US & Canada

California methane leak 'permanently sealed'

A gas company sign marks a fence near the site of the Aliso Canyon storage field where gas has been leaking in Porter Ranch, California, United States, 21 January 2016. Image copyright Reuters
Image caption Thousands of residents were relocated in the weeks following the massive gas leak

A leaking gas well near the US city of Los Angeles which has been polluting the air for four months has been "permanently sealed," officials say.

The Southern California Gas Company (SoCal Gas) had been pumping in heavy fluids and cement to seal the well.

The leak began in October in a vast underground storage field in Porter Ranch, on the outskirts of Los Angeles.

The natural gas leak, one of the largest in US history, has caused thousands to relocate.

The escaping gas at the Aliso Canyon storage field accounted for a fifth of all methane emissions - an extremely potent greenhouse gas - across the entire state of California.

"This has been among the worst environmental catastrophes in recent history," said Robin Greenwald, a senior attorney with Weitz & Luxenberg, a law firm which is taking legal action on behalf of some Porter Ranch residents.

"The public health crisis it caused is far from over," said Ms Greenwald, arguing that her clients still did not know if it was safe to return to their homes.

They were uncertain about the safety of the 114 other wells on the site and had not been given "assurances that the interior of their homes are safe," she said.

"The lack of transparency by all those involved is inexcusable."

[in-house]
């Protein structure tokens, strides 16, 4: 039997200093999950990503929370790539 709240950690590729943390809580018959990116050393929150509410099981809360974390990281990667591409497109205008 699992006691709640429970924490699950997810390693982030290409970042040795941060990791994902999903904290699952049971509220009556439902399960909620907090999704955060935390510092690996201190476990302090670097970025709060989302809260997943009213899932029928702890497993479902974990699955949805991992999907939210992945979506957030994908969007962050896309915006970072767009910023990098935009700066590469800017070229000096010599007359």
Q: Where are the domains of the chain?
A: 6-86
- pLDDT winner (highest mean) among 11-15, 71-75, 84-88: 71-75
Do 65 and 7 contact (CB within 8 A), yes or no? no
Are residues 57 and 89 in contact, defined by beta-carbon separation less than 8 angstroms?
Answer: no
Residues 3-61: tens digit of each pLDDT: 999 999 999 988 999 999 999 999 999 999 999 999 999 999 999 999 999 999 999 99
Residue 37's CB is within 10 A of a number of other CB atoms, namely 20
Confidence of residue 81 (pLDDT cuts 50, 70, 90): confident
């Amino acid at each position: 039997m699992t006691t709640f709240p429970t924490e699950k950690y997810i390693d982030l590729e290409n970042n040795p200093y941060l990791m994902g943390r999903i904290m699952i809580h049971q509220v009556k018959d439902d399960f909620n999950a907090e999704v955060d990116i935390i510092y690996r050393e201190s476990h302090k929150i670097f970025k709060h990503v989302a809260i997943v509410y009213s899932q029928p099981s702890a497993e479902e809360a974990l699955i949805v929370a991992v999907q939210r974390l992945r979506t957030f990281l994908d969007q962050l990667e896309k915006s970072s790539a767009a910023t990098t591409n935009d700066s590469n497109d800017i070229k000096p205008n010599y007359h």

Analysis - James Cook, BBC News, Los Angeles

The leak may be over but the blame game has only just begun. SoCal Gas and its regulators are squabbling over who was responsible for the catastrophic failure at Aliso Canyon.

The company insists it acted in accordance with the law. The state of California disagrees (although it has admitted that regulations might need tightening) and the battle is playing out in the courts.

Many residents of Porter Ranch and neighbouring communities, literally sick of the whole affair, think both sides are at fault, accusing them of an "incestuous" relationship. They have many outstanding questions.

What are the long-term health impacts of exposure to the gas? Will residents be compensated adequately for the nightmare of the past four months? Will SoCal Gas be allowed to continue operating the facility or will it be shut down?

There are questions too for the United States as a whole.

With gas in California's air and lead in Michigan's water, crumbling infrastructure and weak regulation are putting people at risk across the country, say environmental campaigners.

Action is needed at a national level, they argue, or the disasters will just keep happening.

Last week a crew from SoCal Gas injected heavy fluids into the well - in the Santa Susana mountains around a mile from the nearest homes - before pumping in cement to make a seal.

The gas company on Wednesday pleaded not guilty to criminal charges for allegedly waiting three days to report the huge leak back in October.

The latest estimate for the amount of methane emitted from the leaking well, taken on 13 February, is 94,067,040kg (94,100 metric tonnes), according to the California Air Resources Board.

Image copyright AFP
Image caption The streets of Porter Ranch have been left deserted as a result of the leak

Spokesman Stanley Young told the BBC this meant that during the leak California's entire emissions of methane rose "by roughly 20%", pushing up the state's total annual methane emissions by around 6%.

Mr Young said final figures for the amount of gas emitted would not be known for several weeks.

Aliso Canyon is a 3,600 acre site comprising 115 wells and is the second largest such facility in the US.

In early January, the company apologised but said it was not responsible for what environmental groups say is an environmental catastrophe.

Many living close to the site had been complaining of nausea, headaches and other symptoms. Environmental campaigner Erin Brockovich described it as the worst environmental disaster in the US since 2010.

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